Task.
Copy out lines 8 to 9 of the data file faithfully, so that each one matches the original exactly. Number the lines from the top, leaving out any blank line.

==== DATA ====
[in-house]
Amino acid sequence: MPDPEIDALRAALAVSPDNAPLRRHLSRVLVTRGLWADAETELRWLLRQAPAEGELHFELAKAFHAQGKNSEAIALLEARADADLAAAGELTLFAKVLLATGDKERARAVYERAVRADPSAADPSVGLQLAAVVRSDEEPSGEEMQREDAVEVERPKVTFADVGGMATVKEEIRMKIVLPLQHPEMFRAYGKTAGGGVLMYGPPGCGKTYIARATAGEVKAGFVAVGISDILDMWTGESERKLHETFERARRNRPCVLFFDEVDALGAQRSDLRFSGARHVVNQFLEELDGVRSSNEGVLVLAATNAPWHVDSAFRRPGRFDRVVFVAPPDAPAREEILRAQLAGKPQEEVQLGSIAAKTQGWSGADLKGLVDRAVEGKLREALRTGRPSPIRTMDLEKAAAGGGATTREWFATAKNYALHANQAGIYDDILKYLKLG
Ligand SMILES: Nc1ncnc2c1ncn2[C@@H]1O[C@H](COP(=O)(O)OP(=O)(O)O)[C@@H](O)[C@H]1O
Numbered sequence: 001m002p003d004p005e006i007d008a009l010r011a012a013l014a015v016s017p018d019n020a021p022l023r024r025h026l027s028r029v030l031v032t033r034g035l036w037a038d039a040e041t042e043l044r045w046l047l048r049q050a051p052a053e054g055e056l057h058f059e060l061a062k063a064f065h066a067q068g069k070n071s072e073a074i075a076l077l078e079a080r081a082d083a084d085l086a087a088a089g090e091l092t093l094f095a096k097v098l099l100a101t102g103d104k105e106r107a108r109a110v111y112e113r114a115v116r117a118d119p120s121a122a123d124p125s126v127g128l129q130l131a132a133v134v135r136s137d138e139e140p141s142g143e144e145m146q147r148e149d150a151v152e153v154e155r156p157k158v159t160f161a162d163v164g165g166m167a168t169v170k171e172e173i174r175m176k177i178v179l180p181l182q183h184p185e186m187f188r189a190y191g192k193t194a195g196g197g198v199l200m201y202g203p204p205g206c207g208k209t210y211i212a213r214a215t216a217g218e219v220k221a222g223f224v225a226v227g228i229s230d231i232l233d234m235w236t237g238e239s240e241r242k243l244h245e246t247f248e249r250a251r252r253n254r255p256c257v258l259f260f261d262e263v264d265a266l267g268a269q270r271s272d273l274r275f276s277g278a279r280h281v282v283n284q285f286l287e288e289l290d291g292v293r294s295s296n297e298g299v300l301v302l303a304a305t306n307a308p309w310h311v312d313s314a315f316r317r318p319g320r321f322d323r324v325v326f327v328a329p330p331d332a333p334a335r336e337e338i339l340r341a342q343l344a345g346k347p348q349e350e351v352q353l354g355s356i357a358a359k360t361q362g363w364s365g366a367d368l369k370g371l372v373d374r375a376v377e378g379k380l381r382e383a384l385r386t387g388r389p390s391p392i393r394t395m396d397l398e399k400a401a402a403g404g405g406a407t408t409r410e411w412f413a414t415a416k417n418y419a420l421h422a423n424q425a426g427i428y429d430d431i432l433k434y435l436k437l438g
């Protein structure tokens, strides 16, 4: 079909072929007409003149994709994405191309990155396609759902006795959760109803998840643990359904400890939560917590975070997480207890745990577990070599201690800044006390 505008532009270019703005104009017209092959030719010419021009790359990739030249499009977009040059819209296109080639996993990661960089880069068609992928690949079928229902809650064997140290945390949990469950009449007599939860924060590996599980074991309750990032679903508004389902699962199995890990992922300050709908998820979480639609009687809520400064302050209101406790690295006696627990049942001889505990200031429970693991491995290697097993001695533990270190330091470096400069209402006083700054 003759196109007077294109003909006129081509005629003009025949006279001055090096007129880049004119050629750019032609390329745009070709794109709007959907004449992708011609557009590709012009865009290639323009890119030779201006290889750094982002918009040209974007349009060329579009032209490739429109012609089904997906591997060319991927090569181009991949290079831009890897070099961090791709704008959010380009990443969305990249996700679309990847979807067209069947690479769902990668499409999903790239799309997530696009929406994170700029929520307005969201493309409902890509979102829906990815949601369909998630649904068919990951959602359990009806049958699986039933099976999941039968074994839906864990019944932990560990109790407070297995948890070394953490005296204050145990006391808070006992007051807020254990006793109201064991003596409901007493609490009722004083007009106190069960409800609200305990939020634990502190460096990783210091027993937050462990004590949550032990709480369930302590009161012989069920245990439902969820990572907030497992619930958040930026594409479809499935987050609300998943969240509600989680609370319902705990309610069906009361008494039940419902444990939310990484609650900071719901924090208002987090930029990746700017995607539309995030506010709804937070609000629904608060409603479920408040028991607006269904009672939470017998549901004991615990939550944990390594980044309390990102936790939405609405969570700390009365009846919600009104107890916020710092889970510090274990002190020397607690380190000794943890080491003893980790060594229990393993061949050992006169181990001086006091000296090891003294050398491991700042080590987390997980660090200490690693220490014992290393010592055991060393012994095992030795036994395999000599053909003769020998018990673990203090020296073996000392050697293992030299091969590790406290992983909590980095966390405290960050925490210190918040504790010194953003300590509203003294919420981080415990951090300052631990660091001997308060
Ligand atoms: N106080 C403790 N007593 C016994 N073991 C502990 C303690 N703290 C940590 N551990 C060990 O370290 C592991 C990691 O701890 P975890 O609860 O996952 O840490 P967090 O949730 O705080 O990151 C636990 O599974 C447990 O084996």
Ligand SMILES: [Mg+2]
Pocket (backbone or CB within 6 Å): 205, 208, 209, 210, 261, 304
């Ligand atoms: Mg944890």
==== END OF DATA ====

Pocket (backbone or CB within 6 Å): 205, 208, 209, 210, 261, 304
């Ligand atoms: Mg944890």